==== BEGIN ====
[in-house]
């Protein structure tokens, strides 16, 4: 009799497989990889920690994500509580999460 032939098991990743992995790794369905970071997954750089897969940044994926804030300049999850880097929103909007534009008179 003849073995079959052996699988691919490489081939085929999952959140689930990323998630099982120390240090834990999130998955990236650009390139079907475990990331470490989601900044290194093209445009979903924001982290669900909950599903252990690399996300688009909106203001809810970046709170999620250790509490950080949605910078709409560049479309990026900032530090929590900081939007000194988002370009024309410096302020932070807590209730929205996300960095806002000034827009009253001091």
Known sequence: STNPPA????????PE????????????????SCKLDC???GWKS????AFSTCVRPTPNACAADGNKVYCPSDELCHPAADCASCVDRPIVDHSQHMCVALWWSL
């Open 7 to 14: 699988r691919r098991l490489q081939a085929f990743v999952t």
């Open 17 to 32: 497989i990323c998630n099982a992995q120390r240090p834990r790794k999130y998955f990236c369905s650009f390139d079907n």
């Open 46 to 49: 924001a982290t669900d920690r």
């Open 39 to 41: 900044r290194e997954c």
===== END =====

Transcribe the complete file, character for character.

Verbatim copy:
[in-house]
């Protein structure tokens, strides 16, 4: 009799497989990889920690994500509580999460 032939098991990743992995790794369905970071997954750089897969940044994926804030300049999850880097929103909007534009008179 003849073995079959052996699988691919490489081939085929999952959140689930990323998630099982120390240090834990999130998955990236650009390139079907475990990331470490989601900044290194093209445009979903924001982290669900909950599903252990690399996300688009909106203001809810970046709170999620250790509490950080949605910078709409560049479309990026900032530090929590900081939007000194988002370009024309410096302020932070807590209730929205996300960095806002000034827009009253001091």
Known sequence: STNPPA????????PE????????????????SCKLDC???GWKS????AFSTCVRPTPNACAADGNKVYCPSDELCHPAADCASCVDRPIVDHSQHMCVALWWSL
């Open 7 to 14: 699988r691919r098991l490489q081939a085929f990743v999952t």
């Open 17 to 32: 497989i990323c998630n099982a992995q120390r240090p834990r790794k999130y998955f990236c369905s650009f390139d079907n």
């Open 46 to 49: 924001a982290t669900d920690r």
């Open 39 to 41: 900044r290194e997954c």